Virgin Galactic owner Richard Branson rocketed into space Sunday, an edge-of-the-seat sub-orbital test flight intended to demonstrate his company's air-launched spaceplane iswho can afford the ultimate thrill ride.
And it appeared to do just that, zooming to an altitude just above 50 miles and giving Branson and his five crewmates about three minutes of weightlessness and spectacular views of Earth before plunging back into the atmosphere for a spiraling descent to touchdown at Virgin's New Mexico launch site.
"I have dreamt of this moment since I was a kid but honestly, nothing could prepare you for the view of Earth from space," Branson, 70, said after landing, at a rare loss for words. "It was just magical. ... I'm just taking it all in, it's unreal."
The flight effectively upstaged Amazon founder Jeff Bezos, whoof his own aboard Blue Origin's New Shepard spacecraft on as the two companies in the emerging commercial space marketplace.
Bezos complimented Branson and his team after landing, posting a note to Instagram saying "congratulations on the flight. Can't wait to join the club!"
Branson's trip began in dramatic fashion as Virgin's twin-fuselage carrier jet — with the VSS Unity rocket-powered spaceplane bolted under its wing — lifted away from the company's Spaceport America launch site near Truth or Consequences, New Mexico, at 8:40 a.m. local time (10:40 a.m. EDT).
Joining the globe-trotting billionaire aboard Unity were pilots David Mackay and Michael Masucci, along with Virgin astronaut trainer Beth Moses, flight engineer Colin Bennett and Sirisha Bandla, the company's vice president of government relations.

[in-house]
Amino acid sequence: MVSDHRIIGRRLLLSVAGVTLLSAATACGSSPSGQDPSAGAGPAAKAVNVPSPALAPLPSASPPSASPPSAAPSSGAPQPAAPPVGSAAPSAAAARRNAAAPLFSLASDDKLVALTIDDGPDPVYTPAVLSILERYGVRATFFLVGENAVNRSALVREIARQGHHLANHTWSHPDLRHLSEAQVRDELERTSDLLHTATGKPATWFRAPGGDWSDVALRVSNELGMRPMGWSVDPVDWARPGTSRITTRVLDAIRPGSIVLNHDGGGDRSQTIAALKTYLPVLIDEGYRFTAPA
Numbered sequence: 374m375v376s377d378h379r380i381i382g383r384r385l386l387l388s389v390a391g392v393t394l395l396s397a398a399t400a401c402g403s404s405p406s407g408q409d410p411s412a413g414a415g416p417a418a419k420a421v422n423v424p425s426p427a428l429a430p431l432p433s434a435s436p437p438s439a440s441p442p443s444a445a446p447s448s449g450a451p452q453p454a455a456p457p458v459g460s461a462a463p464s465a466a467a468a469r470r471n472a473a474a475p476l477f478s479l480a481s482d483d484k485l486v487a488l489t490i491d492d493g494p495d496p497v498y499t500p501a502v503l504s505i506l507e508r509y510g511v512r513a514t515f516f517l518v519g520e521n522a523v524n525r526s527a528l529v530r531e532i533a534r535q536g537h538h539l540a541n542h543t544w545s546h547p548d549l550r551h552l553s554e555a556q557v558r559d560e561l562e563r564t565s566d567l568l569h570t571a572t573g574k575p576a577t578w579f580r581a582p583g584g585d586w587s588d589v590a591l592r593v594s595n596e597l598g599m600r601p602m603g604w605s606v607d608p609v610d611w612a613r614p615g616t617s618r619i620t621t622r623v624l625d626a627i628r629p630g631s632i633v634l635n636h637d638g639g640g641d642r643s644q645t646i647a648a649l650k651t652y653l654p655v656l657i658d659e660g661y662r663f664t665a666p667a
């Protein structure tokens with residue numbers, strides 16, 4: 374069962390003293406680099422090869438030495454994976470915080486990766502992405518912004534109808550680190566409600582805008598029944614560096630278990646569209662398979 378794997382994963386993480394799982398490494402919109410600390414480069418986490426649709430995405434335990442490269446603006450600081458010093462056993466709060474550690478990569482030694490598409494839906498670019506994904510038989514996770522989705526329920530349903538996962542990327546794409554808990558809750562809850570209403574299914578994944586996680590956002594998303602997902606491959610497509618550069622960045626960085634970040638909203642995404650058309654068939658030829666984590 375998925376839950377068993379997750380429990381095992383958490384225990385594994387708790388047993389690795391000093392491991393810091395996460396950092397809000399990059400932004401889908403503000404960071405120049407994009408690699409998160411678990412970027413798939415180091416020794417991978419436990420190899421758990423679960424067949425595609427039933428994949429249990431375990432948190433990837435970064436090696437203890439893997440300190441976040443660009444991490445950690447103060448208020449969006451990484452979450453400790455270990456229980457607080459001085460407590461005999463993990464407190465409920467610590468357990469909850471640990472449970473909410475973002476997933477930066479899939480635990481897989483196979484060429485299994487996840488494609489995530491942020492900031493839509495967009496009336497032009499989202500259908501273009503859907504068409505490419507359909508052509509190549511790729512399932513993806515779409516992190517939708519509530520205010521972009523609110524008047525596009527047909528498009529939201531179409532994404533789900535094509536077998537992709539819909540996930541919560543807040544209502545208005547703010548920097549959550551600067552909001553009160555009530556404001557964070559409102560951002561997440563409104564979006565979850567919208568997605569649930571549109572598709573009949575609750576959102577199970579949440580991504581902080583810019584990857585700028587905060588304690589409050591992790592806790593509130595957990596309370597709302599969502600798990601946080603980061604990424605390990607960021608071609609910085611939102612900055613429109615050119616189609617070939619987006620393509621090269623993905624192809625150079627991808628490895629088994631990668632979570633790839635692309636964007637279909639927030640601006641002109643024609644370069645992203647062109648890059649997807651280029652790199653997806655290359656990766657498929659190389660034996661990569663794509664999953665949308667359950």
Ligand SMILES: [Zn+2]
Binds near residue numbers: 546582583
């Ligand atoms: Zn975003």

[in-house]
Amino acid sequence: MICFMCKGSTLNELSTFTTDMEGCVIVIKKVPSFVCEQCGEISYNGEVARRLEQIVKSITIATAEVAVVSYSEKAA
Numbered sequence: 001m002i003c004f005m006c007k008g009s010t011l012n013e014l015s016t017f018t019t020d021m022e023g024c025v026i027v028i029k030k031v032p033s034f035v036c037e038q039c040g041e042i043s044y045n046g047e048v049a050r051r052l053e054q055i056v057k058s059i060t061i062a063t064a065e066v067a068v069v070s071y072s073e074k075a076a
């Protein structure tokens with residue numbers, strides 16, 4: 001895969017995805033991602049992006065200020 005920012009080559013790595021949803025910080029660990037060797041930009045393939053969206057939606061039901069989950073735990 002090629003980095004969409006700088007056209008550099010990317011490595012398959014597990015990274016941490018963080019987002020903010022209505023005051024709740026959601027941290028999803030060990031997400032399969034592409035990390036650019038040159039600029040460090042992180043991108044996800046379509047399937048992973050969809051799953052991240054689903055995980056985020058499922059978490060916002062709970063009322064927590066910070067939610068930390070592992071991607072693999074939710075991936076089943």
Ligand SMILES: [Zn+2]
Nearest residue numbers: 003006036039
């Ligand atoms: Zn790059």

With a throng of reporters and a global audience following along on YouTube and across Virgin's social media channels, the Virgin mothership VMS Eve slowly climbed to an altitude of about 45,000 feet and then, after a final round of safety checks, released Unity high above the New Mexico desert.
Seconds later, Mackay and Masucci, both veterans of earlier test flights to space, ignited Unity's hybrid rocket motor, slamming the crew back in their seats as the spacecraft shot forward and pitched up onto a near-vertical trajectory.
Burning rubberized solid propellant with liquid nitrous oxide, Unity's hybrid motor fired for about one minute, accelerating the craft to about three times the speed of sound before shutting down.
The spaceplane continued zooming upward along a ballistic trajectory, giving Branson and company a chance to briefly unstrap, float about the cabin and marvel at the spectacular view as Unity reached its maximum altitude of 53.5 miles — three-and-a-half miles above what NASA and the FAA consider the "boundary" of space.
Live video from inside the spacecraft showed Branson and his crewmates floating free of their seats and enjoying the sensation of weightlessness, not to mention the out-of-this-world view.
"To all you kids down there, I was once a child with a dream looking up to the stars," Branson said while his cremates cavorted in microgravity. "Now I'm an adult, in a spaceship with lots of other wonderful adults, looking down to our beautiful, beautiful Earth.